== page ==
The Dally M Medal was compromised long before Ruan Sims voting drama




As a teenager representing the mighty Macarthur Saints in the local Campbelltown competition, I was lucky enough to be invited along to two Wests Juniors Player of the Year award nights.

Luckier still, I actually won one of them. It was an amazing honour even as a 15-year-old because it was voted on by the referees. Every single game, every week, the referee in-charge of your match would vote on a 3-2-1 basis. It’s a pretty basic system and it’s hard to argue with. In fact, most outsiders to rugby league probably wouldn’t even know that the Dally M is actually voted on by the media – not the referees.

Absurd? Abso-bloody-lutely!

Jillaroo Ruan Sims (who also doubles as a co-host on Channel Nine’s 100% Footy and ABC Grandstand and is very, very good) found herself in hot water recently when it was revealed that she gave votes in a Parramatta versus Manly game despite playing at the same time herself in a match at Shark Park. This is obviously against Dally M regulations. Judges need to be live at the ground. It was picked up on social media and the rest is history as they say. Sims had little choice but to stand down.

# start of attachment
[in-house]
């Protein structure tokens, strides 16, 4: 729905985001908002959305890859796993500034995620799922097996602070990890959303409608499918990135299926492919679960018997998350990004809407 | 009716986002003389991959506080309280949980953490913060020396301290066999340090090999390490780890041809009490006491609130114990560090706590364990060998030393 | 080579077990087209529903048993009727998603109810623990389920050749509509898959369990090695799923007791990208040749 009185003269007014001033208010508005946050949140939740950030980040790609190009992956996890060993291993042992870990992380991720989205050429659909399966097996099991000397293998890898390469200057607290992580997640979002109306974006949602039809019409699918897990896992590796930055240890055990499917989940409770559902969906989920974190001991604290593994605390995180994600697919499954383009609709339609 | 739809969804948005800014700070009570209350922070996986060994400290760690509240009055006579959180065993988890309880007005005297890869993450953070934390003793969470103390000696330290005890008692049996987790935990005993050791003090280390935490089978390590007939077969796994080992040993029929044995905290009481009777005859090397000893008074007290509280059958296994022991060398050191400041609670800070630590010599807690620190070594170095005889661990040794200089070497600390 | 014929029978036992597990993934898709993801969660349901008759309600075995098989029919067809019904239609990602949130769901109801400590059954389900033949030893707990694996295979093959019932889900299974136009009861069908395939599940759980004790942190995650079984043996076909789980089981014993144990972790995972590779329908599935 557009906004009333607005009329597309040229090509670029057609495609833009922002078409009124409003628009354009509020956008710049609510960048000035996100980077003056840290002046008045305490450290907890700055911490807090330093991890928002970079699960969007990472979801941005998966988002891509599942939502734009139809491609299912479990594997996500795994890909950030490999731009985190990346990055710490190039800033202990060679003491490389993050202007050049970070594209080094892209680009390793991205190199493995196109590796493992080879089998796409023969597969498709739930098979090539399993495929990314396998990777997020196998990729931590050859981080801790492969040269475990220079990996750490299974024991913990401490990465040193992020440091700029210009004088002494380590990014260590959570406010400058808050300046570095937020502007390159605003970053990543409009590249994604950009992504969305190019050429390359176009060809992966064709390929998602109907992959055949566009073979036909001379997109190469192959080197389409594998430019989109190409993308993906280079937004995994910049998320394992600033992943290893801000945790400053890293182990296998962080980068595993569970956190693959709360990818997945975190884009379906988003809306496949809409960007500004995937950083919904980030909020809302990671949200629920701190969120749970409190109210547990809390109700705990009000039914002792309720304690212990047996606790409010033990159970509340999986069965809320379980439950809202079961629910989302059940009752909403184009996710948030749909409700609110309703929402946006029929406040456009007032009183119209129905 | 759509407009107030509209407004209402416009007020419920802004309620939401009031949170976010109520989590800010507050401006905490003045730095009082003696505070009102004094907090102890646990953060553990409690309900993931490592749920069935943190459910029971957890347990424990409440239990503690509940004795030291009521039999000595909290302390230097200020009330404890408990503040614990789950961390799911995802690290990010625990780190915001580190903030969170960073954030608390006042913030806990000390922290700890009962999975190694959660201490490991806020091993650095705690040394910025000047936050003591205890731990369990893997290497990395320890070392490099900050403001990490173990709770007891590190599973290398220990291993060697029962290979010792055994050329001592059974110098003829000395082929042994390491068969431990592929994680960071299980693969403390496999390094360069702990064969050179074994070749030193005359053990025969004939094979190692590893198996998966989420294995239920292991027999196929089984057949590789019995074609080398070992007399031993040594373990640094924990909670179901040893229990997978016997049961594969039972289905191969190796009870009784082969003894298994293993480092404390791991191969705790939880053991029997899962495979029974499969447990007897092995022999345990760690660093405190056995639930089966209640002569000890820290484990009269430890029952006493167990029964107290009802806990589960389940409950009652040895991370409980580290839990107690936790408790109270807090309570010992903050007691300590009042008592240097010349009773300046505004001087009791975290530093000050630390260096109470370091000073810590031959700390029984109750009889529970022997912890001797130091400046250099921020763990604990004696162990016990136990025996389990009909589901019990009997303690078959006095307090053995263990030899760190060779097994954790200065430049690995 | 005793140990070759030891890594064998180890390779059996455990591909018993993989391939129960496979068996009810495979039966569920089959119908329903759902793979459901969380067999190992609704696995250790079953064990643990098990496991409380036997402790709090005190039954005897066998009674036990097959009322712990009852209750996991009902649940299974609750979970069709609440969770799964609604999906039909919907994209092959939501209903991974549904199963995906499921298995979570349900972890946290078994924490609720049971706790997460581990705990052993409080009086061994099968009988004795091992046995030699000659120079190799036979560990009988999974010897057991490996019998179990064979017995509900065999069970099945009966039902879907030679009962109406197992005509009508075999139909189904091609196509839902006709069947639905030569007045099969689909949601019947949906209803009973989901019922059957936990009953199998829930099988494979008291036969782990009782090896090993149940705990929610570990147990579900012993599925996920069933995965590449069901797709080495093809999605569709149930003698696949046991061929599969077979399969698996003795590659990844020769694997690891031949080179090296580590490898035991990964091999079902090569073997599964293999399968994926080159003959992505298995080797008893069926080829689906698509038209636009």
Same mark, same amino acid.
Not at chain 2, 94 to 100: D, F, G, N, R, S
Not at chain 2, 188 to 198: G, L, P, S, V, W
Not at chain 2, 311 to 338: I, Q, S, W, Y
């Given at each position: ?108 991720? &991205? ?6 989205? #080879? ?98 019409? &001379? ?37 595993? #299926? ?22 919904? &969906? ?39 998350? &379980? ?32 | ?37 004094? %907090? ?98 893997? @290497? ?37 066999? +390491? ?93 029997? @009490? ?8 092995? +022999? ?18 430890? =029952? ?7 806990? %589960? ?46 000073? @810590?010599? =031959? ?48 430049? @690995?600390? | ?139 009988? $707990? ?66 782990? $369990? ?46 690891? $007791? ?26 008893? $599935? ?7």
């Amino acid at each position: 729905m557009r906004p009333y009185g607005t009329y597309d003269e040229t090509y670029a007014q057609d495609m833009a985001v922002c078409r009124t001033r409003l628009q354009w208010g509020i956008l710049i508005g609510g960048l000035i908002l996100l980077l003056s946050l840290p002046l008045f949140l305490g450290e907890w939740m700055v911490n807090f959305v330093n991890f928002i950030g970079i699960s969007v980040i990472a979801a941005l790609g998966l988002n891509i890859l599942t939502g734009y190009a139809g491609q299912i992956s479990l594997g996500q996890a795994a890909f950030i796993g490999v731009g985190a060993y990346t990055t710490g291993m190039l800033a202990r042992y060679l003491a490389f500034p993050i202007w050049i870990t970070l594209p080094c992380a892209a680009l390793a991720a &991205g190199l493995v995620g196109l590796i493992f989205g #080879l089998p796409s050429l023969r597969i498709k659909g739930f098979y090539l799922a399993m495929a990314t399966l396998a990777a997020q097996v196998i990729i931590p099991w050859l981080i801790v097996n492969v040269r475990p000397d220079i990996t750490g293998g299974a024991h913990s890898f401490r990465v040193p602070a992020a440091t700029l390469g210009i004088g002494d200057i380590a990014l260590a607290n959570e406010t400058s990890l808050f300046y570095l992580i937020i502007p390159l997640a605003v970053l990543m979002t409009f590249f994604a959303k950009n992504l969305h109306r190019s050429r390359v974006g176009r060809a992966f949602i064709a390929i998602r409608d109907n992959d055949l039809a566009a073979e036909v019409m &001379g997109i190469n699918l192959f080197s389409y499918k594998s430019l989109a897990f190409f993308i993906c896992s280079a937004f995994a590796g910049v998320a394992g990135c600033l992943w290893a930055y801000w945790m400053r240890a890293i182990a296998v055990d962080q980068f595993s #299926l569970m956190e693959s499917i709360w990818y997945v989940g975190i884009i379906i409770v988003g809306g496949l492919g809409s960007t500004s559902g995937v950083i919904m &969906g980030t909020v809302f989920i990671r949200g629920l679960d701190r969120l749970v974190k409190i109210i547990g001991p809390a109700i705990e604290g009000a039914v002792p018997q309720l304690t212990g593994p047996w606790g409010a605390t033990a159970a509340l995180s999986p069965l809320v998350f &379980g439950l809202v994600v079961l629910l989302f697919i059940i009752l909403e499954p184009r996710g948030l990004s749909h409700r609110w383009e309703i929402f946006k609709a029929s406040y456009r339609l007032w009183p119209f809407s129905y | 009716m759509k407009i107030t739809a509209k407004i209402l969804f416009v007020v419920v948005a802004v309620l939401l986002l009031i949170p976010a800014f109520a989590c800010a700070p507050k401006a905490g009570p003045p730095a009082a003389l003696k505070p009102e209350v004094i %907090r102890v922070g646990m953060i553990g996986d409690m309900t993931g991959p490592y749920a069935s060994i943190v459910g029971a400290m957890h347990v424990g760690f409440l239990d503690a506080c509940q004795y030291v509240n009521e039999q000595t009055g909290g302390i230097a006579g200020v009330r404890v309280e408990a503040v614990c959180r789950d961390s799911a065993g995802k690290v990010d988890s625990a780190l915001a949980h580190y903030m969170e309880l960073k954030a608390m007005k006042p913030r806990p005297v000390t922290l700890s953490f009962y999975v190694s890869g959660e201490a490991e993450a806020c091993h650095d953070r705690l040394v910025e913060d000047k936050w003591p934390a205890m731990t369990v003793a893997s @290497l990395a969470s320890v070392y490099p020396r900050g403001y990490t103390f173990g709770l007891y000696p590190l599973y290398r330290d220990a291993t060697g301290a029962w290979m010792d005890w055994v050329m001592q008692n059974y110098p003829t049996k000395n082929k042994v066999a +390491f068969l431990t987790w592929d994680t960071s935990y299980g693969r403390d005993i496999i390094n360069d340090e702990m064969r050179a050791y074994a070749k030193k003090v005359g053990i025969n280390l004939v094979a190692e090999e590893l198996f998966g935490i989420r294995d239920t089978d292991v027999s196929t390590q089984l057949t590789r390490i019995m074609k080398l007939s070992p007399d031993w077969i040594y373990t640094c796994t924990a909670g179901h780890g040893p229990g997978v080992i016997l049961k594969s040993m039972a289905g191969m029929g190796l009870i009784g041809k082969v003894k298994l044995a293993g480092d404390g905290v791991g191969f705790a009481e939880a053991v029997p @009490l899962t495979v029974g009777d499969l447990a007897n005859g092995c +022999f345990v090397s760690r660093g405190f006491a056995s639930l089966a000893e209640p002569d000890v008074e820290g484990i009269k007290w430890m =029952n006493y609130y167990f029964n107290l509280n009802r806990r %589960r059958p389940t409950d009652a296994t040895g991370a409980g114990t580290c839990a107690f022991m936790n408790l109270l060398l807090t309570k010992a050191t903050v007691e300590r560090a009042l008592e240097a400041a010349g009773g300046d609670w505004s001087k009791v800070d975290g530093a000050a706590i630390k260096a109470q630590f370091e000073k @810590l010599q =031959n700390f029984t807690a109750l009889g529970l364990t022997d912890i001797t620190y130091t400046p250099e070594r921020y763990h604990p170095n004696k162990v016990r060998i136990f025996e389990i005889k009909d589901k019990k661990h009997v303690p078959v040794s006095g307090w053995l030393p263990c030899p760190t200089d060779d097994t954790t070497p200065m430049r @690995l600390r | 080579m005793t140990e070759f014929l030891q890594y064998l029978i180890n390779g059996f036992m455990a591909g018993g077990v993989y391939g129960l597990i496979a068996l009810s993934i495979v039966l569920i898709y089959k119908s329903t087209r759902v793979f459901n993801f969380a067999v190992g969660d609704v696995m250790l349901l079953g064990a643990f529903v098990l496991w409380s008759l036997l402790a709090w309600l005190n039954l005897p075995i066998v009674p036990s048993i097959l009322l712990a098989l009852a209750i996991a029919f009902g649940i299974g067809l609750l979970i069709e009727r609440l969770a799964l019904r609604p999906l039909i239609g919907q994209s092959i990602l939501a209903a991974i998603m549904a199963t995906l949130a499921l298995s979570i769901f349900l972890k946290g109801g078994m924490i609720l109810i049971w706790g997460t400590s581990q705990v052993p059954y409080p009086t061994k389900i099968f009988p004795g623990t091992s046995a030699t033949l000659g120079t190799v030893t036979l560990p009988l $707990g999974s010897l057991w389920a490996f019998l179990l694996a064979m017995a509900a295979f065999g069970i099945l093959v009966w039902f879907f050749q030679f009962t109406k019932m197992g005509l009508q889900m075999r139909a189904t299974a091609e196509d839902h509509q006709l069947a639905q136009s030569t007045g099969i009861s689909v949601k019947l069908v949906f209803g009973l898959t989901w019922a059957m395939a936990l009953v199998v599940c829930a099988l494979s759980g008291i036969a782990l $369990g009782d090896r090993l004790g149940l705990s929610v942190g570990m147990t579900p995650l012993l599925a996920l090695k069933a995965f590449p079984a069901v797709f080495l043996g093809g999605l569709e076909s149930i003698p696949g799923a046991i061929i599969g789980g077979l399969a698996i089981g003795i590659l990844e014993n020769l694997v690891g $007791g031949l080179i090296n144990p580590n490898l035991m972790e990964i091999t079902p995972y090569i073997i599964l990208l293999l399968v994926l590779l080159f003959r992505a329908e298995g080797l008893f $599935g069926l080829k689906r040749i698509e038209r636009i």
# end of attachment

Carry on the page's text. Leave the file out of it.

“Let me start by saying it was an honest mistake,” she said on Channel Nine Monday night.

“But that being said it’s still one that shouldn’t have happened.

“I voted without watching the entire game live, which is part of the stipulations of voting as a Dally M judge. I feel sick about it. In hindsight I would do everything differently.

“The integrity of the game and the awards are of the upmost importance. And I think they need to be upheld every step of the way and I just didn’t do that this weekend.

“And that’s why I’ve decided I want to step down from the role because I didn’t want to bring that into disrepute. I am very devastated by it and more disappointed in myself.”

Some tried to call it a “witch hunt”. Others defended Sims. Most believe she had to stand down. Everyone agrees she should be left alone – she has made the right decision.

The real issue here is that our most prestigious individual honour is being decided by different factions of the media and not the referees.

Years ago, the Rothmans Medal was rugby league’s top award for players because it was voted by the referees.

That stopped in 1998 with Brad Fittler winning the last Rothmans Medal in 1997.

Rugby league’s top gong should be for the game’s best and fairest player and shouldn’t be blurred because we allow certain parts of the media to determine the outcome.


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